There is, however, more to this than simply brushing and flossing. We will explore this topic in depth with you. Our goal is to provide you with constructive recommendations and feedback to help you minimize tooth decay.
A simple explanation to cavity formation is that active bacteria is found in dental plaque around the teeth which creates acidity it transforms sugar, especially refined sugars found in food. As bacteria digests sugar it releases acid which penetrates the tooth and causes demineralization. This acid eats away the hard surface and eventually leads to a cavity. However, there are a number of factors that can influence the likelihood of cavity formation.
If dental and oral hygiene are impeccable and there is no plaque accumulation around the teeth, then there will be no bacteria present that will lead to cavities. This is however an unlikely successful approach in preventing tooth decay because despite our best efforts, bacteria will always be present in our mouth.
There are several predisposing factors that can be held responsible. These are found in the environment surrounding teeth: beginning of course with the oral cavity, but also, in a broader sense, including the whole human body; an organism that strives constantly towards homeostasis, or a balance between its biology and the energy needed to maintain it.
Sugar and Saliva
Saliva is a natural tooth protector. Saliva acts as a neutralizer to acid, by simply diluting acids in the oral cavity with it’s alkaline pH thus restoring a neutral pH balance. The amount of time that teeth are exposed to acid is a factor that comes into play here. Saliva will take about twenty minutes to neutralize the acid in the mouth. If the sugar intake is spread over an extended period, for example drinking sweetened coffee or soft drinks over a span of several hours, or by consuming sugary items such as candies, pastries, cookies, dried fruit, mints or throat lozenges, then saliva will not have the opportunity to neutralize the acid in order to protect teeth. This extended exposure to acid in the mouth will lead to cavities.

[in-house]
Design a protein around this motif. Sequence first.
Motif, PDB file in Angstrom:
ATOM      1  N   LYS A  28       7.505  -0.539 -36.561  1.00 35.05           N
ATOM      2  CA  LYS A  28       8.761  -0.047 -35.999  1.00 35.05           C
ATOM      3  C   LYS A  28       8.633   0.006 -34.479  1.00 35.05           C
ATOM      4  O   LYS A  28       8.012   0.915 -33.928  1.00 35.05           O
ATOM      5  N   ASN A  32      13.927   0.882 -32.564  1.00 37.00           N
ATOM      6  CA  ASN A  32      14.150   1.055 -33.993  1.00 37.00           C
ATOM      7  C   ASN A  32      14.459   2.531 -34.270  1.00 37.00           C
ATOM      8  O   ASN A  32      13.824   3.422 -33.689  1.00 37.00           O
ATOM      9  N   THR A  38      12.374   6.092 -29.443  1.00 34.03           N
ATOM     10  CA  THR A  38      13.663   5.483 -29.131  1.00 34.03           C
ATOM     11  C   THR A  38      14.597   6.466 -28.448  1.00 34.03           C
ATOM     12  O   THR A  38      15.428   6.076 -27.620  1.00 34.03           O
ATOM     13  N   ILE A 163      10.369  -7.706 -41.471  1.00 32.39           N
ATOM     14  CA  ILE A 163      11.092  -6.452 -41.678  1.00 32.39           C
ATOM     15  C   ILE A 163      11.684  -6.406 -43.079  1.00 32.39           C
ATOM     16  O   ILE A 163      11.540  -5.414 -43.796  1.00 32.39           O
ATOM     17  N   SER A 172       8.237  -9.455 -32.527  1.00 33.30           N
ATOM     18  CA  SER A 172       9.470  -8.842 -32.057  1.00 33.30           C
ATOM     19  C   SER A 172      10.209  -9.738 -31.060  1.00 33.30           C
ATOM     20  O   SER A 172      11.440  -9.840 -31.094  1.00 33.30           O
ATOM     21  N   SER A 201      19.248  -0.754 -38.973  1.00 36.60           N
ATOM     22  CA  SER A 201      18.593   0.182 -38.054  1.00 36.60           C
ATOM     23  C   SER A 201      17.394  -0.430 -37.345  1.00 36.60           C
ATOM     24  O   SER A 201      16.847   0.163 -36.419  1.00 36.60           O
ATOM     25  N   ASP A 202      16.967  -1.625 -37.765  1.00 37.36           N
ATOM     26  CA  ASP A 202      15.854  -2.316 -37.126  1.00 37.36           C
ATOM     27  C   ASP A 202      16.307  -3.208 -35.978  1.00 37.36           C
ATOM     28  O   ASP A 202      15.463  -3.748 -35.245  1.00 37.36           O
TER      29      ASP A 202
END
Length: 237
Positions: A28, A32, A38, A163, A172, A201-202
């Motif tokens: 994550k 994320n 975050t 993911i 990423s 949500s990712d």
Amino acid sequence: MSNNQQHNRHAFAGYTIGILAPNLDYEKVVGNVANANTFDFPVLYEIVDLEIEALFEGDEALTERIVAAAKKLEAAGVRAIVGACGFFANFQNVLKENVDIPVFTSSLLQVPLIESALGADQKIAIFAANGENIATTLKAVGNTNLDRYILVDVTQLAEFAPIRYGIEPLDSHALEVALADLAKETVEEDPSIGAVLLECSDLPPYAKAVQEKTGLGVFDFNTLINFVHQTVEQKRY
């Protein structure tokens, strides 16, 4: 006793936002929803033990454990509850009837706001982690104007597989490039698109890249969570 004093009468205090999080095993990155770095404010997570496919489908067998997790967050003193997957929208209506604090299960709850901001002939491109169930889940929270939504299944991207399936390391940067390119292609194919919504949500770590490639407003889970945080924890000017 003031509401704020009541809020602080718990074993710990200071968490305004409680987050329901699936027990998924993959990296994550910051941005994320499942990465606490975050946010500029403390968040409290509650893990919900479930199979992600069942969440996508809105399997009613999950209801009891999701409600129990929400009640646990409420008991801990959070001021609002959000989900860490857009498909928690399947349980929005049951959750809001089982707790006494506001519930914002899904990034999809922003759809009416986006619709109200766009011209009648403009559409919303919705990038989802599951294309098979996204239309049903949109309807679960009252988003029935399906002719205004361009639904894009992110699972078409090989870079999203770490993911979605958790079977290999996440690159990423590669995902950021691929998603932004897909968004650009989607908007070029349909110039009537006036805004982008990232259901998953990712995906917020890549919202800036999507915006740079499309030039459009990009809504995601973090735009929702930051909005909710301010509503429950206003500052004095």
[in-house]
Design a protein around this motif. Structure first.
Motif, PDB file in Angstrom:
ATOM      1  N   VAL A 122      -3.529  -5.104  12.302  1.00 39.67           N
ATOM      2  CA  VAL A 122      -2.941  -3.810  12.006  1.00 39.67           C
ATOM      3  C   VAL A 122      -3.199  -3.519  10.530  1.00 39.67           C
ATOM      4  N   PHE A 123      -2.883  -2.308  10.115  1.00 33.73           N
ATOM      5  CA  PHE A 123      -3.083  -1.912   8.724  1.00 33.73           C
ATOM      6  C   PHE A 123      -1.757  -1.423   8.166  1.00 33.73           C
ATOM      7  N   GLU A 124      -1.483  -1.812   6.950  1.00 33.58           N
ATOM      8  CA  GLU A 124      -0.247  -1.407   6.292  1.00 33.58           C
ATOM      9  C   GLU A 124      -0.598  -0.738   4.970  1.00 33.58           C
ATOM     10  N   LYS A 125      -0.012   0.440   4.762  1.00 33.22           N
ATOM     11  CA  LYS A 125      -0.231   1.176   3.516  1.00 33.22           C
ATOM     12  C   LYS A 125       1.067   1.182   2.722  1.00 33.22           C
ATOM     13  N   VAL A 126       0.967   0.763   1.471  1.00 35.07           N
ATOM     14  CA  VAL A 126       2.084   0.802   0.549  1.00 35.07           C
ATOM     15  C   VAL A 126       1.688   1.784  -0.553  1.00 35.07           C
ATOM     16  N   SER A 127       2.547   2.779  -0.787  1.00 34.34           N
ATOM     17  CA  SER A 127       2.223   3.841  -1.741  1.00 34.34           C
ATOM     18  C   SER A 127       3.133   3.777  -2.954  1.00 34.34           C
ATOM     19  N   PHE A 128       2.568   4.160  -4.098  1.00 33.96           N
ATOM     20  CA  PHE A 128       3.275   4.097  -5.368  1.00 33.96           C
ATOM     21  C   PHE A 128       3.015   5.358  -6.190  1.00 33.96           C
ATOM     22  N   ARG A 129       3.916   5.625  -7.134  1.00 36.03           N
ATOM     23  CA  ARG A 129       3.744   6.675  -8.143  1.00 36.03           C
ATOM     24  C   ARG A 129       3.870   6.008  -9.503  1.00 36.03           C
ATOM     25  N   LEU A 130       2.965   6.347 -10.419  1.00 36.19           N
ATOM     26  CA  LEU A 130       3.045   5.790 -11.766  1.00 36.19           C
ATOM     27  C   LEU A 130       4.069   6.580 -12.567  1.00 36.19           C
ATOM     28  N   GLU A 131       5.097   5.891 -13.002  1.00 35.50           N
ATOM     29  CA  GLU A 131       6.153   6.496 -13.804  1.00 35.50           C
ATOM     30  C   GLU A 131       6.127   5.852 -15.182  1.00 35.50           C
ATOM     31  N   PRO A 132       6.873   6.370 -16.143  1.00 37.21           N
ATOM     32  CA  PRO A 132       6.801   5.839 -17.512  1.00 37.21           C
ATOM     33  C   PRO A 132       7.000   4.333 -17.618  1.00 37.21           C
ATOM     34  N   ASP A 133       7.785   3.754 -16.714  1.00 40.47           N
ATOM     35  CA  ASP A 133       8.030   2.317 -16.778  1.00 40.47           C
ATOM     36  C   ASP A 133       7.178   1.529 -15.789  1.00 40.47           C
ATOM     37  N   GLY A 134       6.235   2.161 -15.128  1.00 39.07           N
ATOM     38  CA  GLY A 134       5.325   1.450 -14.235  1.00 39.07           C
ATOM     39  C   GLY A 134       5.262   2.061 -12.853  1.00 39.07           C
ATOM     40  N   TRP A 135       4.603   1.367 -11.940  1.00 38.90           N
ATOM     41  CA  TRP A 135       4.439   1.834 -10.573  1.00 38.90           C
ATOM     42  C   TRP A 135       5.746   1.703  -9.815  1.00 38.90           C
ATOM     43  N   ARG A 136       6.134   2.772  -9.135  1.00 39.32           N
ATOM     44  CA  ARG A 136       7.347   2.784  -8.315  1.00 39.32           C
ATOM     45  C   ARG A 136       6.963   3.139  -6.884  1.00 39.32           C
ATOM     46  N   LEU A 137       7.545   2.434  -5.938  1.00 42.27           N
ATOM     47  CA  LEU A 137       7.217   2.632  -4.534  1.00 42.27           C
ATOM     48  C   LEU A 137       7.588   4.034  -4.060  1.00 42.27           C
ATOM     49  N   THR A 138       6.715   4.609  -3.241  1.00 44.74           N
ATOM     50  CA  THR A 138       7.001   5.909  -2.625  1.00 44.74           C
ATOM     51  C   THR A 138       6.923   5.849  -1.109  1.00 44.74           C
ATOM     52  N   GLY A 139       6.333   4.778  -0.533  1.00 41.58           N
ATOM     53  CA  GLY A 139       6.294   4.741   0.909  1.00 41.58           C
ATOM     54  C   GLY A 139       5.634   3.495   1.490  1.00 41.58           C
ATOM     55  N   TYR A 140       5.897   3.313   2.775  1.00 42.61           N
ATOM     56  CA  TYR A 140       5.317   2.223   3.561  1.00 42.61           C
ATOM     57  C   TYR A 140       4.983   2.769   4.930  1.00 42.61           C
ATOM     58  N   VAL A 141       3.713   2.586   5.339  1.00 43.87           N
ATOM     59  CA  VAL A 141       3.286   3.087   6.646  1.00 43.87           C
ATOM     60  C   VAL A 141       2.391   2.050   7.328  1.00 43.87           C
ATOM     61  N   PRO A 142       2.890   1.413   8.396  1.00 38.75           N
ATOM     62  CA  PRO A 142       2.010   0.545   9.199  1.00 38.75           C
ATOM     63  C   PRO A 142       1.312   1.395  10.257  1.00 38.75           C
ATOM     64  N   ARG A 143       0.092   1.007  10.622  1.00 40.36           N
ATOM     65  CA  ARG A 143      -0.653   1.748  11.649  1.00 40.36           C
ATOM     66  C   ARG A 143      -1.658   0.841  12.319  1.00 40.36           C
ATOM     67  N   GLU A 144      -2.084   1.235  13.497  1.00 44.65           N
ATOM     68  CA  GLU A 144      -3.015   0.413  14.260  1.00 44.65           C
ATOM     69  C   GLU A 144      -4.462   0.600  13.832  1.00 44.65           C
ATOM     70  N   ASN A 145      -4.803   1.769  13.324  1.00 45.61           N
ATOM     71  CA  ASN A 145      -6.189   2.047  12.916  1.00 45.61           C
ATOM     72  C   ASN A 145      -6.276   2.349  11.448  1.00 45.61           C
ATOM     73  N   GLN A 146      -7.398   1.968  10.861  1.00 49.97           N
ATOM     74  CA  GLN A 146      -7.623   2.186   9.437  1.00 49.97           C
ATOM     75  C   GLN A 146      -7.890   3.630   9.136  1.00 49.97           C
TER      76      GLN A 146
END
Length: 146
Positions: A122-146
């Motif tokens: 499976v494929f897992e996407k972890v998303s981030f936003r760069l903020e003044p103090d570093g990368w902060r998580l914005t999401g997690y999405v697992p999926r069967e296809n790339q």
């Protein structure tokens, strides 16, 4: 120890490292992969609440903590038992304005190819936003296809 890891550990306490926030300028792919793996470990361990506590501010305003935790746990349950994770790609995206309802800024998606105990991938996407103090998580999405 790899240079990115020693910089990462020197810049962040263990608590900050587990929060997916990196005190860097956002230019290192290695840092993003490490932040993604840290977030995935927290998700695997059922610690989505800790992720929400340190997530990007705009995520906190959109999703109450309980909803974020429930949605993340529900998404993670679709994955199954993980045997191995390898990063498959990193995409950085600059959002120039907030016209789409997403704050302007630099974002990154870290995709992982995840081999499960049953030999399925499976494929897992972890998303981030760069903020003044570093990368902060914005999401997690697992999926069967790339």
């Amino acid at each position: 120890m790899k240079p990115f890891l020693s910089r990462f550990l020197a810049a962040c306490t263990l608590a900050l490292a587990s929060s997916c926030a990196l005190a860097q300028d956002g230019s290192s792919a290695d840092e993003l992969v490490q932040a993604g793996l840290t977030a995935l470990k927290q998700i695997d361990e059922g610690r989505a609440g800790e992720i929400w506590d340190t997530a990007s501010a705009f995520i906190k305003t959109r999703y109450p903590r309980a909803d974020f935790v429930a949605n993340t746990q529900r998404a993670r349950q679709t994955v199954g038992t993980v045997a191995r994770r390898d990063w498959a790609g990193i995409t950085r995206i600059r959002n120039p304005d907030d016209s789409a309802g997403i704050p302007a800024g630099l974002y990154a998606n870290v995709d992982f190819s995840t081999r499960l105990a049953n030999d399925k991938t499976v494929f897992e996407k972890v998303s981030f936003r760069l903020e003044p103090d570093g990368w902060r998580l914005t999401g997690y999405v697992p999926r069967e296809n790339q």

There was one particular case where a patient who had been seen regularly every six months, maintaining a set of cavity-free teeth for years, had sucked on throat lozenges for 15 days during an illness. The result, which was a shock to everyone, was six new cavities.
In other words: if the consumption of sugar is limited to three meals a day without snacking then the likelihood of cavities will be less. If sugar is consumed more frequently throughout the day, there can be an increase in the risk for decay.
Salivary flow can be reduced by certain habits, such as smoking cigarettes, or stopped entirely when taking certain medications. In this case, you should seek an alternative to the medication or compensate for the missing saliva with appropriate remedies. Otherwise cavities can soon follow.
Lastly, balance, or homeostasis, of the human body is a factor to consider. Any acid or mineral imbalance will impact the tooth’s ability to defend itself. The tooth is a living organ with its own built-in defense mechanism. There is a flow of fluid that travels outwards from the center of the tooth via the dentinal tubules (microscopic channels). These can be compared, to some extent, to the pores of the skin.
This microcirculation of protective secretions provide some immunity to the tooth, and facilitates the addition of minerals to its surface. In the case of a general imbalance in the body, such as stress, lack of sleep, lack of exercise, disease, poor nutrition, or malabsorption, every tooth will be affected and the direction of microcirculation will be reversed. In these circumstances the teeth become more permeable, more porous to acids and vulnerable to invasion.
it is not only what we eat and how we brush our teeth that influences the formation of cavities
Balance and the body
The teeth begin to function like sponges, storing substances in the immediate environment. Under these circumstances, the tubules are more easily penetrated by acid, leading to the demineralization of the teeth and leaving them more prone to cavities. This phenomenon was demonstrated by Ralph R. Steinman in 1971.* This means that it is not only what we eat and how we brush our teeth that influences the formation of cavities, but also conditions such as diet, sleep, exercise, and the absence of medication or drugs likely to disrupt the delicate balance of homeostasis. The body requires a favorable environment in order to maintain the circulation of fluids in the right direction, thereby supporting the defense mechanism of the tooth.
* Ralph R. Steinman and John Leonora, J DENT RES 1971 50:1536.